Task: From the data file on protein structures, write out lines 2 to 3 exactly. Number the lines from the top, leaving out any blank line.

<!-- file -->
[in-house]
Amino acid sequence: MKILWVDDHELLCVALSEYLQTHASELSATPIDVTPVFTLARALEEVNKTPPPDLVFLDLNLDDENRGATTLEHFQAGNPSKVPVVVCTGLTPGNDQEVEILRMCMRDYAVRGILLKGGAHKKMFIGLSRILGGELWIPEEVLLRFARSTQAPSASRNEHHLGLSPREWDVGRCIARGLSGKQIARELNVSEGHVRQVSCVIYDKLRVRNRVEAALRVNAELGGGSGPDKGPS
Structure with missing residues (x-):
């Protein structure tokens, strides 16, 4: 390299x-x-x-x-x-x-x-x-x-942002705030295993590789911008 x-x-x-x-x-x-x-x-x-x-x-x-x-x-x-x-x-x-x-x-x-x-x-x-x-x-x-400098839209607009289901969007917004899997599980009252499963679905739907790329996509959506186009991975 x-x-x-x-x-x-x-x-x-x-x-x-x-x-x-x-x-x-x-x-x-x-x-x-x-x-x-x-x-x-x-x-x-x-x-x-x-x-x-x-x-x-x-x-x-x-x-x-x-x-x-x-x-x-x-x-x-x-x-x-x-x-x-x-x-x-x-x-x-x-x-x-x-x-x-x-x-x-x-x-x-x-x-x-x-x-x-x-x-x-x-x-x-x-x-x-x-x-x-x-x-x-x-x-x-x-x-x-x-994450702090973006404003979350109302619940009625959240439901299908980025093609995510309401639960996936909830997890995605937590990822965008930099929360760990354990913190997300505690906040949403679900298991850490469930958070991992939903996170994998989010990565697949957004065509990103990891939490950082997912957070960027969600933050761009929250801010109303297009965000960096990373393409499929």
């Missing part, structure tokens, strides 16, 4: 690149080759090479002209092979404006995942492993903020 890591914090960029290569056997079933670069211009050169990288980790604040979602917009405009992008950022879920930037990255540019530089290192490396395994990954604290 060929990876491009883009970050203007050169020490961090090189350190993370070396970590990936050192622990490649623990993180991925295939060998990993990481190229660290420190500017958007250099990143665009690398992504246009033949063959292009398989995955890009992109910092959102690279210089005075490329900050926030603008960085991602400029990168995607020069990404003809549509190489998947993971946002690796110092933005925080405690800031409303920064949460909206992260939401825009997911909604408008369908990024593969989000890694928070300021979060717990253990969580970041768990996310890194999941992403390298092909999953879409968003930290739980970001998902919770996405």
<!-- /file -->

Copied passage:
Amino acid sequence: MKILWVDDHELLCVALSEYLQTHASELSATPIDVTPVFTLARALEEVNKTPPPDLVFLDLNLDDENRGATTLEHFQAGNPSKVPVVVCTGLTPGNDQEVEILRMCMRDYAVRGILLKGGAHKKMFIGLSRILGGELWIPEEVLLRFARSTQAPSASRNEHHLGLSPREWDVGRCIARGLSGKQIARELNVSEGHVRQVSCVIYDKLRVRNRVEAALRVNAELGGGSGPDKGPS
Structure with missing residues (x-):